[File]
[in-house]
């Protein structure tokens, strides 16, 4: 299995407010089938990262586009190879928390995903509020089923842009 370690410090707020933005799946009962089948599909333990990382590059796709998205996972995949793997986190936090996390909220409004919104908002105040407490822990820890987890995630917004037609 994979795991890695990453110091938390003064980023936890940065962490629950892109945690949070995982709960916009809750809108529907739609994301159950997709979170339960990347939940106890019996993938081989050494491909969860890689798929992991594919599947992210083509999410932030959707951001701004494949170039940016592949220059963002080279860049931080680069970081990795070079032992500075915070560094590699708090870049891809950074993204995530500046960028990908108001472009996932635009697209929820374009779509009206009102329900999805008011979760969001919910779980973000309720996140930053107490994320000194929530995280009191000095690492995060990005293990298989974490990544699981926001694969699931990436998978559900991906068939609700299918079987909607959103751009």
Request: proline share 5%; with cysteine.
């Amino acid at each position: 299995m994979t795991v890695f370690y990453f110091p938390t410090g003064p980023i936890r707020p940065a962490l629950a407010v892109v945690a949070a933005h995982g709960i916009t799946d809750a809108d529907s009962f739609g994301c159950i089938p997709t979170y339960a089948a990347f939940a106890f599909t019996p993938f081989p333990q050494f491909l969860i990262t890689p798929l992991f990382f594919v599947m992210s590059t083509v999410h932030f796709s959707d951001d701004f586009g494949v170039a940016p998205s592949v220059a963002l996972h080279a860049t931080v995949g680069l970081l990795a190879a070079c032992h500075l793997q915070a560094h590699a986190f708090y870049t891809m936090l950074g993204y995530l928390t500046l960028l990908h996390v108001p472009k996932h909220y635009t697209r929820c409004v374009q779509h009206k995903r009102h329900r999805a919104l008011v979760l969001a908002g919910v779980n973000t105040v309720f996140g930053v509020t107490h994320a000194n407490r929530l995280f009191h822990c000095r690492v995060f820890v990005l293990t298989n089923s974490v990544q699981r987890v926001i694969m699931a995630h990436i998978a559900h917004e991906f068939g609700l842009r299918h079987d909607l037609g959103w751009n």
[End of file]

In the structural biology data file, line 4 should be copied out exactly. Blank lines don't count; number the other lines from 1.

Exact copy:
């Amino acid at each position: 299995m994979t795991v890695f370690y990453f110091p938390t410090g003064p980023i936890r707020p940065a962490l629950a407010v892109v945690a949070a933005h995982g709960i916009t799946d809750a809108d529907s009962f739609g994301c159950i089938p997709t979170y339960a089948a990347f939940a106890f599909t019996p993938f081989p333990q050494f491909l969860i990262t890689p798929l992991f990382f594919v599947m992210s590059t083509v999410h932030f796709s959707d951001d701004f586009g494949v170039a940016p998205s592949v220059a963002l996972h080279a860049t931080v995949g680069l970081l990795a190879a070079c032992h500075l793997q915070a560094h590699a986190f708090y870049t891809m936090l950074g993204y995530l928390t500046l960028l990908h996390v108001p472009k996932h909220y635009t697209r929820c409004v374009q779509h009206k995903r009102h329900r999805a919104l008011v979760l969001a908002g919910v779980n973000t105040v309720f996140g930053v509020t107490h994320a000194n407490r929530l995280f009191h822990c000095r690492v995060f820890v990005l293990t298989n089923s974490v990544q699981r987890v926001i694969m699931a995630h990436i998978a559900h917004e991906f068939g609700l842009r299918h079987d909607l037609g959103w751009n």